My 3 rules for watching movies.

In my adult life, I have been called ‘stupid’ by a peer only twice. Both incidences involved a Christian who was commenting on my opinion regarding what kind limits Christians should put media they consume. In both cases I was defending why I thought some popular movie shouldn’t be owned or regularly viewed by a Christian. I’m not someone who gets a kick out of stirring the pot, but it was obvious in both cases I’d struck a nerve.

As a Christian who enjoys observing, critiquing and participating in popular culture I try to not set arbitrary rules – I look to scripture. Here are my personal guidelines and the reasoning behind each. While I’ve probably broken them all at some point, I can say that I’ve never been sorry when I follow them. I’m talking about movies, but they can really be applied to all forms of media.

  • I do not go see R-rated movies in the theater unless I am recommended it by someone who I know holds my same values. This may seem prudish, but the reason is two fold: First, what if you get caught walking towards that theater by someone who is struggling or is young in their faith – what if they happen to know the kind of content in the movie you’re about to see is not God-honoring? You wouldn’t want to cause someone to stumble. (Mark 9:42). Second, if you go to see that movie and you see something that you shouldn’t, it will effect you and you can’t unsee it, where as If you watch the movie at home you can skip parts of it. (Job 31:1) I recognize that I’m very unusual in this way as statistically, Christians are just as likely to go to an R-rated film as non-christians.
  • I don’t watch any movies with frontal nudity. The reason is simple: Ephesians 5:2 – no hint of sexual impurity. This one seems like a no-brainer to me, but when I told a Christian friend that I wouldn’t watch a particular movie because it had a number of nude scenes in it, he flipped. He said “Just because of that you’re going to miss a great movie.” Just because of that. Just because I’m trying to take the scripture seriously. I don’t do this because I think I’m better than anyone – I do it because I know I’m a sinner; I know the effect those movies have on me and I know I’m not the only one.
  • Finally, I try not to buy any any movies that I’d have to throw out if I ever had children – I thought this was just a good rule to have about life in general. What if all single young adults lived life as if one day they might have to sit down with their children and explain everything they had ever done. What if people began preparing for parenthood before they got married? You wouldn’t just have better parents, you’d have more responsible people – even if they never had kids. I told a Christian friend of mine about this philosophy and that’s when I got called stupid. I’m not going to write a whole manifesto to defend myself on this. I just don’t believe that it is stupid to live a life filled with a desire to be responsible, to be selfless, to be above reproach and to maintain the child-like state of innocence Jesus talks about in Matthew 18.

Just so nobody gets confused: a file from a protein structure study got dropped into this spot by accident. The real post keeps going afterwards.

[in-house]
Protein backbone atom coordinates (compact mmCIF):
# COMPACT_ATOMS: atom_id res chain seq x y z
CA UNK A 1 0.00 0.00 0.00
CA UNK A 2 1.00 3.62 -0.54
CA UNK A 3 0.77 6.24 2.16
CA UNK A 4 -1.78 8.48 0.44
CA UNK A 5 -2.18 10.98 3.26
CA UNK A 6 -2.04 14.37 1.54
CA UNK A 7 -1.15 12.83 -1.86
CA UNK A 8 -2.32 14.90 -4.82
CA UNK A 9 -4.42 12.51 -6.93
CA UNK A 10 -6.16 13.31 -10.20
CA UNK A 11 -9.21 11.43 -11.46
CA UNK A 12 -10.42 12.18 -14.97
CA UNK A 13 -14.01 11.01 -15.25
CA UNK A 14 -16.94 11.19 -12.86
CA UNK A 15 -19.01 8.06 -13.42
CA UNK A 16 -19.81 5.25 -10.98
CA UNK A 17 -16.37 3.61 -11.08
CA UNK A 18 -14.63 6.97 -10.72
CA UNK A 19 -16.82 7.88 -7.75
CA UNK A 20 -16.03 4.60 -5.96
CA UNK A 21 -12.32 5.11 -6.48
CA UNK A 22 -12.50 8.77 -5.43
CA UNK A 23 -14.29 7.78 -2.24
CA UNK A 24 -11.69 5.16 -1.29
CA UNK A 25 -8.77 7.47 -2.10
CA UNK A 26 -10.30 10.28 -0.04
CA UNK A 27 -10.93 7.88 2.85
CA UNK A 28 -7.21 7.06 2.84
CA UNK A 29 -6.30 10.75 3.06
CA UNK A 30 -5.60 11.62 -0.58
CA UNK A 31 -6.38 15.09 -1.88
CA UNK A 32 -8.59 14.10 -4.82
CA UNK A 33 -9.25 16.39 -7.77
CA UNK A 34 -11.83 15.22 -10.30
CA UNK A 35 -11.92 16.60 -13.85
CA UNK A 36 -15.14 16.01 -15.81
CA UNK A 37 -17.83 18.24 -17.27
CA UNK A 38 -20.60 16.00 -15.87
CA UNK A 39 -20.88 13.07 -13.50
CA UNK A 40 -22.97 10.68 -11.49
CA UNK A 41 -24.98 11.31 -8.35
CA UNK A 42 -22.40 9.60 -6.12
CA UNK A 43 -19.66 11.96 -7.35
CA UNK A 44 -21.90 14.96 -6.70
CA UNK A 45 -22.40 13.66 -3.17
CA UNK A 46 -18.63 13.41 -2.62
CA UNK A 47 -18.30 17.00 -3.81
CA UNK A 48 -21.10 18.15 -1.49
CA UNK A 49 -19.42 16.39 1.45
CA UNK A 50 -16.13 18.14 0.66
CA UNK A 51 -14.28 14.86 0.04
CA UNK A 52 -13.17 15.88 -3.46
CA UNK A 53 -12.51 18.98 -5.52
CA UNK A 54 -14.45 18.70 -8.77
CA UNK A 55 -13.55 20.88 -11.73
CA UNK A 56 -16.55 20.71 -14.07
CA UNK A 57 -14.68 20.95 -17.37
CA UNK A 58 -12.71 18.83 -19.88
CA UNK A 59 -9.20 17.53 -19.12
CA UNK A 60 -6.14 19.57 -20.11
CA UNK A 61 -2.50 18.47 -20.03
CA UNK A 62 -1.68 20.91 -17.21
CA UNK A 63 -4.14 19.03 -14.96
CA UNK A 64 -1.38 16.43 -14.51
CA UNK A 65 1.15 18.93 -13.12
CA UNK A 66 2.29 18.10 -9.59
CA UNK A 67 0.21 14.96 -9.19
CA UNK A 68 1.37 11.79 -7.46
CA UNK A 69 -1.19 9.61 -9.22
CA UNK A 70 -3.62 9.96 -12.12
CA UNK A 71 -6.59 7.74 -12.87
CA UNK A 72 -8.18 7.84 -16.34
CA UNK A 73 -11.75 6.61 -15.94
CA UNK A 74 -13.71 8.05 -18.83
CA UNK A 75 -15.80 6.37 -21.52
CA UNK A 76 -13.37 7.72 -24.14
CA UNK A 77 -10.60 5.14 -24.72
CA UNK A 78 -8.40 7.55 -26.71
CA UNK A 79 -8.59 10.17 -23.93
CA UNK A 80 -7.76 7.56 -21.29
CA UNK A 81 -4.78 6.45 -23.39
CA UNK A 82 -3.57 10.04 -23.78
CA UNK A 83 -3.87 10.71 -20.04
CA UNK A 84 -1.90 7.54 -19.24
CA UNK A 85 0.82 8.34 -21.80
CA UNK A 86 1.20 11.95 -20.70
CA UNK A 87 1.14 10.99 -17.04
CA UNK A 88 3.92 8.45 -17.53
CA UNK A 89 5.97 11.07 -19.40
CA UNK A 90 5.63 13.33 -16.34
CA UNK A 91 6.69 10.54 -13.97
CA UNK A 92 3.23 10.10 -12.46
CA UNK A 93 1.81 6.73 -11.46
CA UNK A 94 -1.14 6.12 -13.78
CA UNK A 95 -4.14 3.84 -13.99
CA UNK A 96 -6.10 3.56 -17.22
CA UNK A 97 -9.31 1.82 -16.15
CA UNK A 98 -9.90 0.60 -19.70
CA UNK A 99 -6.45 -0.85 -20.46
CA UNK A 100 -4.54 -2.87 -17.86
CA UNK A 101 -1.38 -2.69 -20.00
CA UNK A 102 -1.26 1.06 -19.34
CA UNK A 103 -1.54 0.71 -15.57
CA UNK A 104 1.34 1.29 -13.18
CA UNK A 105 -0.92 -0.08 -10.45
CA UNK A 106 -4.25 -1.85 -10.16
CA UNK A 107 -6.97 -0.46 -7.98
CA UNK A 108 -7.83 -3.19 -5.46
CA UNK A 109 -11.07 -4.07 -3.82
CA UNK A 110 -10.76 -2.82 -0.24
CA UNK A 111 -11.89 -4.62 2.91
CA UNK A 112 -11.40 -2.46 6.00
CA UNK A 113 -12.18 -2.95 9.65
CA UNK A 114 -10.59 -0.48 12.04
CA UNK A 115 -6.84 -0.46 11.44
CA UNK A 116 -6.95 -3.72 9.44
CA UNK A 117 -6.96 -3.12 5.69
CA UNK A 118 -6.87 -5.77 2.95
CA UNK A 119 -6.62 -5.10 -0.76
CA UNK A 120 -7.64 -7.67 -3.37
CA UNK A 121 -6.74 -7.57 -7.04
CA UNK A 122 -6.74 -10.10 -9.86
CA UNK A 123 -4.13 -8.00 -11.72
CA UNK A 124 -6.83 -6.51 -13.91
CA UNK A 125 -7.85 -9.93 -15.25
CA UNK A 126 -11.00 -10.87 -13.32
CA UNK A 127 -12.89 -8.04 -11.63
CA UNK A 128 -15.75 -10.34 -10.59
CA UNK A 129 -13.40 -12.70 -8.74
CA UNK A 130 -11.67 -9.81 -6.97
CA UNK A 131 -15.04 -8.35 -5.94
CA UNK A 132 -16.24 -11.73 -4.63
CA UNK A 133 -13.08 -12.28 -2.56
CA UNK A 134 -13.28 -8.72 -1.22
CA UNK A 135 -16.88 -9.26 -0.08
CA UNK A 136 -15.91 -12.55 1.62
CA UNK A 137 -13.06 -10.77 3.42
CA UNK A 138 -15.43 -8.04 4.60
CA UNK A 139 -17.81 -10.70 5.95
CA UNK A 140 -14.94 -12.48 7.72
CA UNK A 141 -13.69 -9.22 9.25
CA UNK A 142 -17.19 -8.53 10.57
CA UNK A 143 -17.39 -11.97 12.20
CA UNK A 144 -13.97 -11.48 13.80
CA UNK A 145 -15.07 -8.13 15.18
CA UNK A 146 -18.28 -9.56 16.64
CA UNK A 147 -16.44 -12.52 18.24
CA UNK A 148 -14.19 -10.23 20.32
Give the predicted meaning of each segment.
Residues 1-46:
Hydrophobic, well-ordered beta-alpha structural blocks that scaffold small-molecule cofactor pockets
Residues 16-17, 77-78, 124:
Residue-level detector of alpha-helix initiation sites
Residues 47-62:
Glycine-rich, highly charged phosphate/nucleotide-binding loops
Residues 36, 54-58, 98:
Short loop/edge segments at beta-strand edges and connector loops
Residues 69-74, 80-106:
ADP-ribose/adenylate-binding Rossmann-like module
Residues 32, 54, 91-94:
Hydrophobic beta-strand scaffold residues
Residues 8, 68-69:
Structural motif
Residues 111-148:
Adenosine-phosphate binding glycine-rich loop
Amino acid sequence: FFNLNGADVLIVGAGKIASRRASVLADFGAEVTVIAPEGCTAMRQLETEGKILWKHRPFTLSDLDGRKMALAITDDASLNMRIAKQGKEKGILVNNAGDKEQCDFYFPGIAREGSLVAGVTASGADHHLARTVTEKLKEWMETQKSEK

I’ll quote again from my favorite Pauline epistle:

“Finally, brothers and sisters, whatever is true, whatever is noble, whatever is right, whatever is pure, whatever is lovely, whatever is admirable—if anything is excellent or praiseworthy—think about such things.” Philippians 4:8

No matter what you’re doing in life, if you’re not sure if you’re on track with Christ, read this passage and ask – is this me? I do it all the time and honestly most of the time the answer is “no, not really.” – That’s where I know things need to change.

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Posted on January 12, 2011 in Movies & TV

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About the Author

William H. Adams does creative work for a church. He enjoys sandwiches, jet skis, legos, ultimate frisbee, and living life to the fullest. Will is most passionate about using creative media to tell the story of what God is doing in the lives of those who love Christ. He believes the purpose of his life to glorify God and encourage others.

Response (1)

  1. Kaylyn Moran
    January 19, 2015 at 2:23 pm · Reply

    Will,

    Wow, thanks for so putting a sacred practice (holiness) in simple, creative and accessible language. This is a great post. May I share this with my students? I am going through my movie drawer and Hulu account today!

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